Coach the Body, Not Only the Mind
July 13, 2016 by John Andrew Williams
What is the most important part in the coaching process for you? Focusing on the client? Clearing the agenda? Listening and trusting the process? Yes! All of these things and one more: don’t forget that your client consists of not only a head (or mind) but a body too!
As you may know, life coaches often notice a client’s body reactions, and sometimes they choose to discuss that. Other times, the coach may just let the client know that his or her body reacts to something or a certain situation. But what if you try to build several powerful questions based on the feelings in the client’s body? It can be very powerful and bring a number of insights for your client! I used to work as a body–oriented therapist before I started my coaching practice. It was natural for me to speak about my client’s body and explore how it reacts to something. Body perspective makes every coaching tool deeper and much more useful. There are a few top agendas (or coaching tools) where it works best:
- Setting goals. When your client realizes that his or her body feels uncomfortable or not safe while you are talking about certain goals or perspectives, it is a good idea to stop there and coach deeper. Take this opportunity to further your client’s understanding of what has happened or what might happen.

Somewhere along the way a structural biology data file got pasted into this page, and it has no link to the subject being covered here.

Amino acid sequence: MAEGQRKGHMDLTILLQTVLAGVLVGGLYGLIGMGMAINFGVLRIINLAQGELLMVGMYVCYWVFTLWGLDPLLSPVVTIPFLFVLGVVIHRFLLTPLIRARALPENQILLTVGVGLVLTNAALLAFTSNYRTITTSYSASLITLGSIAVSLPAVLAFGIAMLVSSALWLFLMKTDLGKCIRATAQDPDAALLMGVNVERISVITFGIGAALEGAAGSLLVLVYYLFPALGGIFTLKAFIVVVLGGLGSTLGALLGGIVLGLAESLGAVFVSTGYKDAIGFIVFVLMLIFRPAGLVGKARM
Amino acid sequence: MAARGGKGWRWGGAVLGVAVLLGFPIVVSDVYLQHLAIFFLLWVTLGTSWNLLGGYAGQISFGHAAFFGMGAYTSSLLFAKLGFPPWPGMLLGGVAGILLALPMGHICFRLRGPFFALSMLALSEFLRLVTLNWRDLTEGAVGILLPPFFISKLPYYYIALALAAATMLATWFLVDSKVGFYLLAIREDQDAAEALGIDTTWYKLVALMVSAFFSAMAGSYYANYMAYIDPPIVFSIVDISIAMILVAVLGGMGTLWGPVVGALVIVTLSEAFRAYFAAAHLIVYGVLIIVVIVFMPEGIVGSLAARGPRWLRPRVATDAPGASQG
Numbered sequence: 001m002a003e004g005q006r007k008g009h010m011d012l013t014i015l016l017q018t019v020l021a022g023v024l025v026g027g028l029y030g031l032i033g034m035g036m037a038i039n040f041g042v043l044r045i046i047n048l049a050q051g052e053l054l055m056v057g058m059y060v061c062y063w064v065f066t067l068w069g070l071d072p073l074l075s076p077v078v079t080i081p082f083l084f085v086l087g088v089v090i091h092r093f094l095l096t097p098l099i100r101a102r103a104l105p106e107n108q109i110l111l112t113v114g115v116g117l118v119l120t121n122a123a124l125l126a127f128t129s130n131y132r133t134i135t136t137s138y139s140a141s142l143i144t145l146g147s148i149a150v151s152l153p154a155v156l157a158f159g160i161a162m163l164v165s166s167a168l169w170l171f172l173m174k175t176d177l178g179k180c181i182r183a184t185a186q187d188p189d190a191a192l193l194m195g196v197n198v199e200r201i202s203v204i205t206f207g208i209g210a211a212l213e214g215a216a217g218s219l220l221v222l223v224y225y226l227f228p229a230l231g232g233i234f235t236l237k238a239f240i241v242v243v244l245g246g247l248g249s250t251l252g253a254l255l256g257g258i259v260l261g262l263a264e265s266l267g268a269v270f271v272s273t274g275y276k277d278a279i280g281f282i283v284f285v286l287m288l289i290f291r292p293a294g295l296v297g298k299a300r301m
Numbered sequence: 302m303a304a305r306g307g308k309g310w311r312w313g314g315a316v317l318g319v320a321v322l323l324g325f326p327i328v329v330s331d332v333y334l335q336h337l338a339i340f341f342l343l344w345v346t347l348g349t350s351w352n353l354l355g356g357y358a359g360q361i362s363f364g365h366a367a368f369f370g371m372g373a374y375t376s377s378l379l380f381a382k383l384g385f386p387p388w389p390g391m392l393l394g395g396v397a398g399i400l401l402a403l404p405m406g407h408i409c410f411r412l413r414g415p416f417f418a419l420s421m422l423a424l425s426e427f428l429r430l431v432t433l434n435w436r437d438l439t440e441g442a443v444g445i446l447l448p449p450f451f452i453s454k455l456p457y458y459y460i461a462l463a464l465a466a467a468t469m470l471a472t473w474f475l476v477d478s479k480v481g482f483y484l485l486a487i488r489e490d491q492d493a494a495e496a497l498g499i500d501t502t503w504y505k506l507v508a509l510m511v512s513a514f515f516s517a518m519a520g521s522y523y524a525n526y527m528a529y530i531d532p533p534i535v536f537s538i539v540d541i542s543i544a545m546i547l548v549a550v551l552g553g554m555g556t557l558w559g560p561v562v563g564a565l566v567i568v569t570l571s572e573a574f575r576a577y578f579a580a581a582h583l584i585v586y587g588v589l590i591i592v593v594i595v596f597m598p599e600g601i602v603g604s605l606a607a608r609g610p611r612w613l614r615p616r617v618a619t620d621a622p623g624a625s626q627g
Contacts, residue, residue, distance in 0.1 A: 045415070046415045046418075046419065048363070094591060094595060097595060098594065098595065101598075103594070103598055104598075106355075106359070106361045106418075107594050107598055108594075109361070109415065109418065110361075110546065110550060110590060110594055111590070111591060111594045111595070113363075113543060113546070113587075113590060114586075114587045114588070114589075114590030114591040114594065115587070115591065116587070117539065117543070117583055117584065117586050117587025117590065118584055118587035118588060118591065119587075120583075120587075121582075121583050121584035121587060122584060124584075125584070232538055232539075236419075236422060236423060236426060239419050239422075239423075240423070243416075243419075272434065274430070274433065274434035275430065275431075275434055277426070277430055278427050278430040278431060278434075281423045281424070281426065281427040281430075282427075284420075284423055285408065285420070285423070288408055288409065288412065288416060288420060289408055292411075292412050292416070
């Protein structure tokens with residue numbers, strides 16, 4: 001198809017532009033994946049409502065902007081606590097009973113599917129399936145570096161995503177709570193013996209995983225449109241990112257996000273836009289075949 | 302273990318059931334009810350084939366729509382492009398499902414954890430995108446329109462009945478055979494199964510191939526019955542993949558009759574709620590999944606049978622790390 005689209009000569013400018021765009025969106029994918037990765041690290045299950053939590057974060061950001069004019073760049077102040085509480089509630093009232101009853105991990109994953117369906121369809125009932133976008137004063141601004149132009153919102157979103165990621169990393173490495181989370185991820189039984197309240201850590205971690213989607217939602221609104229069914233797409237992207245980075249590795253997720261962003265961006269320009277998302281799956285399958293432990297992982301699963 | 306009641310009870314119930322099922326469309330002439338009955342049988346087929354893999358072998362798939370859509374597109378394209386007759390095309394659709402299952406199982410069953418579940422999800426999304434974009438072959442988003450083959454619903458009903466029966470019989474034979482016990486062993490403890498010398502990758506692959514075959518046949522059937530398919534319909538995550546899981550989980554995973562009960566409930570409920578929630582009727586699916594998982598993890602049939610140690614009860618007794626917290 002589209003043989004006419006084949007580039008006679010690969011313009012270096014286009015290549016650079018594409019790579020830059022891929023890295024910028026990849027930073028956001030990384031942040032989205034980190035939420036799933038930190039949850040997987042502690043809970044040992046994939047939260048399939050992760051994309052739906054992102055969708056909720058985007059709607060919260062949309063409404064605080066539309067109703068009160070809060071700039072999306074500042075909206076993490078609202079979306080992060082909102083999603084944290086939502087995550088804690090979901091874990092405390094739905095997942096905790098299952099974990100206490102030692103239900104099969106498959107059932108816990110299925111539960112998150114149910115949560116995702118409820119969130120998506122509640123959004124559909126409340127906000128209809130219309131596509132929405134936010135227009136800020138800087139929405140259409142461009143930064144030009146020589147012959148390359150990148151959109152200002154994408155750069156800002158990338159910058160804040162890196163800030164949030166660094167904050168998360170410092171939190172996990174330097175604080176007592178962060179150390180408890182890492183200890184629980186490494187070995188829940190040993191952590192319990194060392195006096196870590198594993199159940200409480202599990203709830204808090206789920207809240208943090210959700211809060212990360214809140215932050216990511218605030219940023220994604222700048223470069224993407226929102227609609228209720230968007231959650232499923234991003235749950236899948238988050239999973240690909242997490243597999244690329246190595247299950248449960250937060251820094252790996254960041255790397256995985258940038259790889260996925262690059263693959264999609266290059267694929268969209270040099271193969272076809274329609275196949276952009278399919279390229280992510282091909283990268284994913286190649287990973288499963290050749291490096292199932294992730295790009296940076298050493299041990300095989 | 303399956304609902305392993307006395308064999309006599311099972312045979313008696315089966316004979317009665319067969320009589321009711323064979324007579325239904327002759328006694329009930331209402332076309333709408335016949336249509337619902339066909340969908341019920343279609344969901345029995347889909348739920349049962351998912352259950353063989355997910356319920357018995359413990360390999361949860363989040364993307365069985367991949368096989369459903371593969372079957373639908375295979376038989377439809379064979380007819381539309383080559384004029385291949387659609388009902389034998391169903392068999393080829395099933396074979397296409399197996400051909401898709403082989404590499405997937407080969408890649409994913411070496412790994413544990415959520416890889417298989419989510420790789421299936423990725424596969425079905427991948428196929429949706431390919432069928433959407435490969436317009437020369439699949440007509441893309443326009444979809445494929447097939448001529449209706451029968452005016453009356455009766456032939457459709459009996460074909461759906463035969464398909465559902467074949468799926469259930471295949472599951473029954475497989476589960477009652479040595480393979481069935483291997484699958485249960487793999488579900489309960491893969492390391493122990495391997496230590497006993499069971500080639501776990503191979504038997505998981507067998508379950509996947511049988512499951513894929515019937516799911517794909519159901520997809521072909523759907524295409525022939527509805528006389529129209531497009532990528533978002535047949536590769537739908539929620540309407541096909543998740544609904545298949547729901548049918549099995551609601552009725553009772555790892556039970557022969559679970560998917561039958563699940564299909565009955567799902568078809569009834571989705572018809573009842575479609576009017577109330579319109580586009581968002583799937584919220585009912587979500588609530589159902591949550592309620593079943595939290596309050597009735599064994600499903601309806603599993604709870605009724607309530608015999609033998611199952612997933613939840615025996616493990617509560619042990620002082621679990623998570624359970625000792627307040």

- Negative assumptions and limiting beliefs. Sometimes, these things are not only in the client’s mind but deep in the body too. Coaching around body reactions and feelings helps your client to understand how deep this belief or assumption lives or how strong (or weak) it is. It can also help your client to build well–designed actions or change their perspective.
- Inner Critic. One of the most powerful questions for my clients is “Where exactly in your body your Inner Critic lives?” It also helps not only find Inner Critic but identify it every time with a little body reminder. For example your client feels Inner Critic like a stone in a stomach and every time this feeling is back it’s the sign for your client.
- Future Self. When you create good feelings in the body with your clients, which can sometimes happen while talking about excitement for the future, it is useful to use that feeling as an anchor with your clients. This skill is important for the client to then build a new perspective or well–designed action, especially when thinking about the future.
- Acknowledgement. I like to use acknowledgment to help clients see how great they are. If you add some acknowledgment, not only about their learning or leadership but about changes in their body too, it makes the learning deeper and stronger. We usually start to talk about changes in mindset or actions, and then we begin to discuss how the client’s body has changed. This often brings about a lot of self-awareness and strength in the coaching process.
I am going to continue to share my own experience and talk about why it is so important to coach a “body” part when you work with teenagers but also I am so curious to hear your thoughts!